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Old 10-06-2011, 10:25 AM   #111
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Around here:

Liberry
ComplimenTARY
Ave. rather than avenue

Others:
"Awesome"
Extragrammatical "like"
Sharing (I did that when I was six. I'm, a big girl now. I say or tell.
Ain't
Would have went

There's another one I was just thinking about, but it won't come to me.

Not speech, but Easterners who wear cowboy hats. I'm from the West. We call them Goat Ropers.
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Old 10-06-2011, 10:37 AM   #112
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Relatives in Florida add an extra preposition at the end of some sentences.

"Where are my keys at?" when "Where are my keys?" works just fine.

Then we have friends in Chicago who leave a word off. "Are you going to take that with?" leaving off the final "you".
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Old 10-06-2011, 10:46 AM   #113
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I remember being in CA as a kid and my father asking for directions. They would always be given in time and not miles, which frustrated him. A lot, lol. Today I always prefer be given directions in time. Probably because I'm better at estimating time than I am distance.
I just heard decimate being used in a movie I was watching last night. I think it's one of those words that has changed meaning, because I'm pretty sure people think in terms of being obliterated, destroyed or "being no longer" when they hear decimate. Or maybe it's just one more way for Americans to shun the metric system... I've never heard of something being centimated or millimated though.
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Old 10-06-2011, 10:50 AM   #114
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centimate? millimate?

hey, this is a family site. lets keep things pg, not avoirdupois rated...
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Old 10-06-2011, 10:59 AM   #115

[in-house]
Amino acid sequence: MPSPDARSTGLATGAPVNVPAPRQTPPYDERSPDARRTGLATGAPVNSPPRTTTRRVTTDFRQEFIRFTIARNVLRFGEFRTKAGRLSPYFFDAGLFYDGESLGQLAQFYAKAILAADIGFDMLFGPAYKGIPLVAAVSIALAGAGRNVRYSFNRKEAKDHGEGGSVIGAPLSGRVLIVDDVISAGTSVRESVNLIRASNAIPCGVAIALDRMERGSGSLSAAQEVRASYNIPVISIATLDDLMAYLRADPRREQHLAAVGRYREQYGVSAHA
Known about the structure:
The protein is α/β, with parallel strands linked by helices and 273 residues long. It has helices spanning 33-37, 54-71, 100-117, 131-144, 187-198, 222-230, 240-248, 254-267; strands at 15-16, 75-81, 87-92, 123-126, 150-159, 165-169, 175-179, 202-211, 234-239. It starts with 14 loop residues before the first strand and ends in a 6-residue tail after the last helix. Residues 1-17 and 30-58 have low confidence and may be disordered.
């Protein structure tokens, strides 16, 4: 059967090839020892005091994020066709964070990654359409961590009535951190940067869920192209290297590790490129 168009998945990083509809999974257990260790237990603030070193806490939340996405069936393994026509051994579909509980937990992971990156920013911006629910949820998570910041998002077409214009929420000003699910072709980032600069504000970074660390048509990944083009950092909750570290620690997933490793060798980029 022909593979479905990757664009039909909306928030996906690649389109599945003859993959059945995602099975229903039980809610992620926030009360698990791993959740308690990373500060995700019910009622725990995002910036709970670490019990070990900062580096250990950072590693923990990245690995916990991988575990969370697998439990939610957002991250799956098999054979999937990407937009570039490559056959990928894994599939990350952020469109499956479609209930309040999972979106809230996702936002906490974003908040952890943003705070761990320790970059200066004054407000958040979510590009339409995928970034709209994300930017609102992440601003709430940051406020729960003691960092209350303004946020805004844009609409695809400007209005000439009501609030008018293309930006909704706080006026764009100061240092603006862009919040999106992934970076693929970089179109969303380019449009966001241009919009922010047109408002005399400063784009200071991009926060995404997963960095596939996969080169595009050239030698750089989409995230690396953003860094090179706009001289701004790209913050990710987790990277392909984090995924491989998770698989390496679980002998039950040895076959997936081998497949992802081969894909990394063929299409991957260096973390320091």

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OK, I just looked up the origin and usage of decimate. It was a punishment used in Roman legions. If your century was called upon to be disciplined you would split up into groups of 10, draw lots and one guy in each group got axed. Wow. Don't p!ss off the romans! Decimate now means to reduce drastically but not to annihilate.

Centimate would mean 1 out of 100 men got killed, not even worth noticing I guess.

Hello, I'm Alix, and I'm a word geek.

Did I mention how much I dislike the word "orientate"? I had someone ask me to "orientate" them to the unit. AAAAAAAAAAAAAAAAAAA!
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Old 10-06-2011, 11:13 AM   #116
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I dislike the word "orientate"?
Thank you. That's another one of my pet peeves. Also, modernity and rapidity. It used to be: modern or rapid.

And oh yeah, the newscasters who come on and say, so and so is "speaking out" about ......Why can't they just comment? Or make a statement?" Or is there a way to "speak in?"
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Old 10-06-2011, 11:16 AM   #117
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Originally Posted by Andy M. View Post
Relatives in Florida add an extra preposition at the end of some sentences.

"Where are my keys at?" when "Where are my keys?" works just fine.
It's not just Florida, Andy. I hear that in my region, too. However, it's NEVER good (or proper) to end a sentence with a preposition. Simply put, it's poor grammar.
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Old 10-06-2011, 11:20 AM   #118
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It's not just Florida, Andy. I hear that in my region, too. However, it's NEVER good (or proper) to end a sentence with a preposition. Simply put, it's poor grammar.
Katie, it's not that it's a misplaced preposition, it's that it's unnecessary. That is a situation up with which I shall not put.
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Old 10-06-2011, 11:22 AM   #119
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Katie, it's not that it's a misplaced preposition, it's that it's unnecessary. That is a situation up with which I shall not put.
Hey, I resemble that remark!
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Old 10-06-2011, 11:26 AM   #120
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"Old-fashioned" is a word that's often used incorrectly.

If you're talking about an antique car such as a 1922 Ford Model T, it's not an old-fashioned car. It's an old or antique car. If something is old-fashioned, it's in the style of a bygone period.
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